>> bNodes and URIrefs do.
> 
> Thats not my understanding. The MT leaves the issue open. It
> certainly seems reasonable to be able to say that literals denote
> *something*, and it seems to me that everything is a resource.

Well, if (and I'm not saying it should be) rdfs:Literal is a subclass
of rdfs:Resource, then that means that we only lose the ability
to restrict property values to the bNode idioms, but can still
restrict them to the inline idiom. I.e. the following still works
as before

   ppp rdfs:range ddd .
   ppp rdfs:range rdfs:Literal .

Perhaps there is some other way to achieve the same results as
the previously suggested

   ppp rdfs:range ddd .
   ppp rdfs:range rdfs:Resource .

Perhaps also giving bNodes and URIref nodes each a class of their
own, in the same vane as rdfs:Literal?

>> Those datatype schemes don't have literals as values. They have
>> strings as values. That is not the same.
> 
> Sure its the same. What is a literal if not a string? (Just look at
> it, there's the string right there, between the quote marks.) But see
> below.

A literal may have a string representation, and a literal may
be string equal to some string value of a datatype, but that
does not mean that any member of a value space of a datatype
has a literal representation in the graph.

They are *not* the same.

>> Literals are constructs of the RDF graph, not of a given
>> datatype. Any intersection in nature between literals and
>> strings is insignificant.
> 
> Well, I think that all that Dan C really wants is a licence to use
> literal-string matching to test identity in simple in-line cases.
> That requires only that values and literal forms are 1:1,

Right. It requires that they be string-equal, but not the same 'thing'.
And this is an exceptional case, not the norm, so it shouldn't drive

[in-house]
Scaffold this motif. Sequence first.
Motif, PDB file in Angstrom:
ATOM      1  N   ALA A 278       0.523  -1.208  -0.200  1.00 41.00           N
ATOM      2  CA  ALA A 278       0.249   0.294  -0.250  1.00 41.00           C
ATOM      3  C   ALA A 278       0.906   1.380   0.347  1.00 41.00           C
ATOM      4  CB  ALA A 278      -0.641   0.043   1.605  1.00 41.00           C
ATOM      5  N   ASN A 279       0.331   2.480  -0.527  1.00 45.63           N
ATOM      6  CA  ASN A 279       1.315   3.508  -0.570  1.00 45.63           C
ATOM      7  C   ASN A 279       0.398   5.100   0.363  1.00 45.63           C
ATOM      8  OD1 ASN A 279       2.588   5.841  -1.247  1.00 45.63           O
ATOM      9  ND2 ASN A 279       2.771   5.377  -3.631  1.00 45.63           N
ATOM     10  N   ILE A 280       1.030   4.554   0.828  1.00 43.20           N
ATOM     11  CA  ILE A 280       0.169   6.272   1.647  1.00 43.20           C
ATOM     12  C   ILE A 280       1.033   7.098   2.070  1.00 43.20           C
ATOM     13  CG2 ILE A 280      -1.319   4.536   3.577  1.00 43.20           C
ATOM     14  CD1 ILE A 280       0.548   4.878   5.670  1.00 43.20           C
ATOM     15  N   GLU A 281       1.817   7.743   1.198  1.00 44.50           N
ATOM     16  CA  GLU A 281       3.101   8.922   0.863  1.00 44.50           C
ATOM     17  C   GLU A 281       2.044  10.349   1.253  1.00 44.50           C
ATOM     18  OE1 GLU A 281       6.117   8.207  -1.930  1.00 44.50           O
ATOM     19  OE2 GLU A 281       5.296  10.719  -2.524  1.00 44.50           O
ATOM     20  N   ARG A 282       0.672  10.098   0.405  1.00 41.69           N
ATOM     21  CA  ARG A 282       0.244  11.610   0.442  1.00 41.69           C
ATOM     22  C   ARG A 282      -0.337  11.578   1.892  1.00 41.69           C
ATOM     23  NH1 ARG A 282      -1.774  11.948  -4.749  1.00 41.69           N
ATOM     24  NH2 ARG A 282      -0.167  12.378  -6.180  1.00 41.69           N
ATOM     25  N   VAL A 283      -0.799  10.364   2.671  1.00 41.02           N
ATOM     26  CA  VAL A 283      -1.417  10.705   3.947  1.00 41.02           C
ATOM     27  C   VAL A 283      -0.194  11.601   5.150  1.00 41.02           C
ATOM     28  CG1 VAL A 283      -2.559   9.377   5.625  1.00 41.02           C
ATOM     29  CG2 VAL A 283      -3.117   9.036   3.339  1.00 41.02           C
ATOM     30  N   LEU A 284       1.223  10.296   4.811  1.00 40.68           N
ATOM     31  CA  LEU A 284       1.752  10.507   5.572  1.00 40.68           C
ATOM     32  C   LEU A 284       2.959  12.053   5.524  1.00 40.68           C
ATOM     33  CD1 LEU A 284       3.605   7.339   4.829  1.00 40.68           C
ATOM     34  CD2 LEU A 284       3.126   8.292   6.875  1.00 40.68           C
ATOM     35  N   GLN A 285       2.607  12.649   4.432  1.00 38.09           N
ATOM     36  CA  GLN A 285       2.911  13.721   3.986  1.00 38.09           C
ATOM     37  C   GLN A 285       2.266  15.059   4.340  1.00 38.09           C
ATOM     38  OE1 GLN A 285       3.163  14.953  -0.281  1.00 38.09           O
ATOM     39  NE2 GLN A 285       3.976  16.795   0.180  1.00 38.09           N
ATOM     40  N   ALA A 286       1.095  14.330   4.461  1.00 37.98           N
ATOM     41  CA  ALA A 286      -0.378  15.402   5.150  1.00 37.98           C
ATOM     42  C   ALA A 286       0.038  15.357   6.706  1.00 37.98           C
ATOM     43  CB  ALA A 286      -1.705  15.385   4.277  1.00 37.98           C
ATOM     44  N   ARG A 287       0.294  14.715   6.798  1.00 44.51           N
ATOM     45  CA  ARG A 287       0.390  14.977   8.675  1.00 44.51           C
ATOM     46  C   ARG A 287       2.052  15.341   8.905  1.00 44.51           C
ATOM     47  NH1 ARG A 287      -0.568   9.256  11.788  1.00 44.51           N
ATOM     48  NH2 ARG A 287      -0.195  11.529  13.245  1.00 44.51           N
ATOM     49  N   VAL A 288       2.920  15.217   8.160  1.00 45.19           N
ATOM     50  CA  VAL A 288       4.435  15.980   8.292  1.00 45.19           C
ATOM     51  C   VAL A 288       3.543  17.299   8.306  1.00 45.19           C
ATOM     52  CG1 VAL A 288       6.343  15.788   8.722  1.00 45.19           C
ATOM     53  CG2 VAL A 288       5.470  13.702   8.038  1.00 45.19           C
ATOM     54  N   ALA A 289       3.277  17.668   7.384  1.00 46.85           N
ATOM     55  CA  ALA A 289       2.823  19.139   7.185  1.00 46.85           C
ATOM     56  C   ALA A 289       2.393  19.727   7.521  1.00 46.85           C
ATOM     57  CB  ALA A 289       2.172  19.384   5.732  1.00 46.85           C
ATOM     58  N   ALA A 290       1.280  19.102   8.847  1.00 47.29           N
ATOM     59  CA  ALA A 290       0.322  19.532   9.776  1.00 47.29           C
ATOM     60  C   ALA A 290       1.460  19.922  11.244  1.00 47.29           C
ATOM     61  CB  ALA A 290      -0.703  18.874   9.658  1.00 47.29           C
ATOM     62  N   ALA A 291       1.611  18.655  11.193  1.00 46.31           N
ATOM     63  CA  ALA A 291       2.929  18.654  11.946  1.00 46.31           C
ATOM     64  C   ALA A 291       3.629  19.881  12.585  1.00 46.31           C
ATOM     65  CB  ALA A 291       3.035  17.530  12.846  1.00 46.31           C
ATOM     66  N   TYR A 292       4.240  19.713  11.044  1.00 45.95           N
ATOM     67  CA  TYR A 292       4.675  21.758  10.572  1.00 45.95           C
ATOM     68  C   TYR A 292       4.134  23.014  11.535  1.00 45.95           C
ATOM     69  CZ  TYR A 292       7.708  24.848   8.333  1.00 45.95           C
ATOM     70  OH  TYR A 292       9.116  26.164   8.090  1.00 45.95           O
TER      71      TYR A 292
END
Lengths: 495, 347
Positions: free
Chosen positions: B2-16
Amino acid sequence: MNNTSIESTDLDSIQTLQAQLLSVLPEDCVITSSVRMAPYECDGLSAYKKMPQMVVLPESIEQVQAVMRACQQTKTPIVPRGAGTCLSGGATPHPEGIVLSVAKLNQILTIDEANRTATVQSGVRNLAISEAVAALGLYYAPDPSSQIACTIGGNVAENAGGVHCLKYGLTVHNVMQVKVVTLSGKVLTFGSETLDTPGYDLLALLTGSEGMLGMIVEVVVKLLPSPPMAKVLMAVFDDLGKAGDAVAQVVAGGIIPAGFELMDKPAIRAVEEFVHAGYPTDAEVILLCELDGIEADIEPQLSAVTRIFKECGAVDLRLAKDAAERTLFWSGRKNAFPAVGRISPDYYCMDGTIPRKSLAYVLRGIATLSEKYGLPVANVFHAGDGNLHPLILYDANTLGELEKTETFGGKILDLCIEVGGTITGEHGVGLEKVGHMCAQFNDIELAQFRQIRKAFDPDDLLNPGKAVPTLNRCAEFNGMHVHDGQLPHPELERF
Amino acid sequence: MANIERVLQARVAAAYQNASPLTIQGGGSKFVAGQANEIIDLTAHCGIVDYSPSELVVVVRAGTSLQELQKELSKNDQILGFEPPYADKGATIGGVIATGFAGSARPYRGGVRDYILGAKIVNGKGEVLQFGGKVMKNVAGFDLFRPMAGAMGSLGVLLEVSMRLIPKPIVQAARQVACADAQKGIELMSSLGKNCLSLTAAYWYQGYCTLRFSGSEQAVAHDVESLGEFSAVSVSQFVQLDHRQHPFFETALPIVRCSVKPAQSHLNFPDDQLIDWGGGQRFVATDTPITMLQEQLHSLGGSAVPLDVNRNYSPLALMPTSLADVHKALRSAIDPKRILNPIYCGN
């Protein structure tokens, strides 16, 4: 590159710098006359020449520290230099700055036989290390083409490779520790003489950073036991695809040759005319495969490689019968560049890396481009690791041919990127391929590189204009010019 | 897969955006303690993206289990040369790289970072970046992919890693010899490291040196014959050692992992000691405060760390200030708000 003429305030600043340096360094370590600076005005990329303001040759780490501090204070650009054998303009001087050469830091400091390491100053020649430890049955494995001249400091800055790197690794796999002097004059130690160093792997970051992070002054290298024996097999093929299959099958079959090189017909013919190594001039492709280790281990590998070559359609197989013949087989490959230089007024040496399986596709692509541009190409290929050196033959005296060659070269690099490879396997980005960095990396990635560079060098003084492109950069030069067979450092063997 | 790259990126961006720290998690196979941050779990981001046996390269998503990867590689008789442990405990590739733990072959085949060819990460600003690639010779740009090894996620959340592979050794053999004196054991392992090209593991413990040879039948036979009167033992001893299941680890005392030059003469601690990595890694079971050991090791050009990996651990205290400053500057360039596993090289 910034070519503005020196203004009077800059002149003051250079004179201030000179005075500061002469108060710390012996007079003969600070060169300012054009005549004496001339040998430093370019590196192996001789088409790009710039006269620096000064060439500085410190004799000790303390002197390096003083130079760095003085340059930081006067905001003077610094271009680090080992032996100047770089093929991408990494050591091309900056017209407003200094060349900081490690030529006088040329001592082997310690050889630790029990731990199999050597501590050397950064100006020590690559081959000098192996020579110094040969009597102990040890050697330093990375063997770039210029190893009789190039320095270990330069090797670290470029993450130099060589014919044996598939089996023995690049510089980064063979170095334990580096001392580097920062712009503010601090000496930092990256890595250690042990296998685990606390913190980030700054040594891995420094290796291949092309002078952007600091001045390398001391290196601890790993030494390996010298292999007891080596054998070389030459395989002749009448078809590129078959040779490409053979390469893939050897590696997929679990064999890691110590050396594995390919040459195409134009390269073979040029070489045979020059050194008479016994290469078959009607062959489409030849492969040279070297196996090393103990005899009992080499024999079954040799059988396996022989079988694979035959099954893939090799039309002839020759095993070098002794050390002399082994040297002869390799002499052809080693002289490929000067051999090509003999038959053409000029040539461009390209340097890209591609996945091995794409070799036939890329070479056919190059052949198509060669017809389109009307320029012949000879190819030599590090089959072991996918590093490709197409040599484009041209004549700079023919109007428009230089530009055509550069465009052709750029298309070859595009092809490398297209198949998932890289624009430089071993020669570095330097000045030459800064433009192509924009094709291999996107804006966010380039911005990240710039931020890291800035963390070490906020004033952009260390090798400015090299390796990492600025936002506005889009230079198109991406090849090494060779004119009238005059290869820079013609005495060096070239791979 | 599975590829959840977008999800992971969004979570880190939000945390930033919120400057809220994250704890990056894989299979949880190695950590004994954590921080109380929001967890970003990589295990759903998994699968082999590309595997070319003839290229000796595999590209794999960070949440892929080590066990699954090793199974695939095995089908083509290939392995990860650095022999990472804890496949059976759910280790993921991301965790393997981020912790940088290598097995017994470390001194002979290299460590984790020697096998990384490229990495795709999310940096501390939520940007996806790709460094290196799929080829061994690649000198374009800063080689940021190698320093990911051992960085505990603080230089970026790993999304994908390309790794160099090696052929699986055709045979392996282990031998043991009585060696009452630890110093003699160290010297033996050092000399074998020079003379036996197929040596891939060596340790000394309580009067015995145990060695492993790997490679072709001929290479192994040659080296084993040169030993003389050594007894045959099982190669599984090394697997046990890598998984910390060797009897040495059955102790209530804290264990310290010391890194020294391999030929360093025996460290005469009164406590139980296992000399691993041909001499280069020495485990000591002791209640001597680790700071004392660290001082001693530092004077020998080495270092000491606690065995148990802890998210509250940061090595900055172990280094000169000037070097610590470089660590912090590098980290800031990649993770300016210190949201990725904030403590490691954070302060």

the datatyping model (even if it is accomodated by datatyping).


>> Thus, as in the case of xsd:string, the fact that every
>> lexical form is also string-equal to the value it denotes
>> is a characteristics of the datatype, not a feature of
>> RDF or the expression of RDF datatyping in the graph.
> 
> I agree with that.
> 
>> A literal is either a literal or a lexical form. Never an
>> actual datatype value. RDF provides no representation whatsoever
>> for datatype values (even if for some datatypes, that would
>> be technically feasible).
> 
> And with that.

Cool. This is good, because the above two points are crucial.


>> The RDFS spec makes no such subclass
>> assertion that I can find.
> 
> I think that it follows from the MT. I need to check that.

Please do (and also, please don't make that assertion ;-)
 
>> You don't equate a literal node with an instance of rdfs:Literal?
> 
> No, never have. That intepretation doesn't make sense, because
> literal NODES are in the graph, not in the semantic domain. See
> http://www.w3.org/TR/rdf-mt/#literalnote

Then what the heck is the purpose/significance of rdfs:Literal???

>> I thought that we agreed that literals denote literals, always.
> 
> Well, I thought so too, and I wrote the datatype thing up on that
> basis; but now I have you, Graham, Brian and uncle Tom Cobbley and
> all screaming that they cannot live with that decision.

Not me. See above ;-)

> You want the 
> denotation of a literal to be influenced by datatyping information.

Nope. Not at all. A literal always denotes a literal.

> I wish y'all would make up your minds :-)

I did when we agreed a literal denotes a literal, and haven't changed
it since.

>> Just because a literal may be interpreted in a datatype context
>> as a lexical form does not mean it's not a literal in the graph.
> 
> Being a literal in the graph is a matter of syntax. Of course it IS a
> literal in the graph. BUt what does such a literal denote in an
> interpretation??

It depends on the context. A literal itself denotes a literal. A literal
in a datatyping context represents a lexical form -- but that representation
is part of the interpretation, not part of the literal.


>> Now, two datatypes may have the same lexical form, even if they
>> do not give it the same interpretation, so having tidy literals
>> is no big deal, because all the literal node denotes is the
>> lexical representation.
> 
> BUt look, if you say that, then you have already said that
> 
> jenny ex:age "35" .
>